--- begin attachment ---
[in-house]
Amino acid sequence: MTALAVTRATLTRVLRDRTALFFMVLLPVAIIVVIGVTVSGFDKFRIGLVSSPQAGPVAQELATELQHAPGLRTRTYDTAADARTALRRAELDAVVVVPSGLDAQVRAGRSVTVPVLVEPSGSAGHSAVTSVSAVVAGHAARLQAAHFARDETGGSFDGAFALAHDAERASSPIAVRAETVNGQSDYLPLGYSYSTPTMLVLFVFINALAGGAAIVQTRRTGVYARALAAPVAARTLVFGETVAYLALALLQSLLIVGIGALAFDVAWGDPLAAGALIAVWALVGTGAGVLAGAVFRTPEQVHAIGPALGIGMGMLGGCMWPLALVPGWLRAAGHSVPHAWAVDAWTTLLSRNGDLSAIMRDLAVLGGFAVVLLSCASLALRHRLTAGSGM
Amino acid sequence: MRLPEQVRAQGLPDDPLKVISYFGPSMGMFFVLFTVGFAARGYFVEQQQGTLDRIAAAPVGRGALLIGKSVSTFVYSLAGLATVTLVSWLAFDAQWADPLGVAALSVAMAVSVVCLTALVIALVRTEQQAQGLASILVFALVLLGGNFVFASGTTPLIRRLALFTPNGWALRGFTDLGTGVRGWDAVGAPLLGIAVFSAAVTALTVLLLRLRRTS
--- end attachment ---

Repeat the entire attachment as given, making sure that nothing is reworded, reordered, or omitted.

[in-house]
Amino acid sequence: MTALAVTRATLTRVLRDRTALFFMVLLPVAIIVVIGVTVSGFDKFRIGLVSSPQAGPVAQELATELQHAPGLRTRTYDTAADARTALRRAELDAVVVVPSGLDAQVRAGRSVTVPVLVEPSGSAGHSAVTSVSAVVAGHAARLQAAHFARDETGGSFDGAFALAHDAERASSPIAVRAETVNGQSDYLPLGYSYSTPTMLVLFVFINALAGGAAIVQTRRTGVYARALAAPVAARTLVFGETVAYLALALLQSLLIVGIGALAFDVAWGDPLAAGALIAVWALVGTGAGVLAGAVFRTPEQVHAIGPALGIGMGMLGGCMWPLALVPGWLRAAGHSVPHAWAVDAWTTLLSRNGDLSAIMRDLAVLGGFAVVLLSCASLALRHRLTAGSGM
Amino acid sequence: MRLPEQVRAQGLPDDPLKVISYFGPSMGMFFVLFTVGFAARGYFVEQQQGTLDRIAAAPVGRGALLIGKSVSTFVYSLAGLATVTLVSWLAFDAQWADPLGVAALSVAMAVSVVCLTALVIALVRTEQQAQGLASILVFALVLLGGNFVFASGTTPLIRRLALFTPNGWALRGFTDLGTGVRGWDAVGAPLLGIAVFSAAVTALTVLLLRLRRTS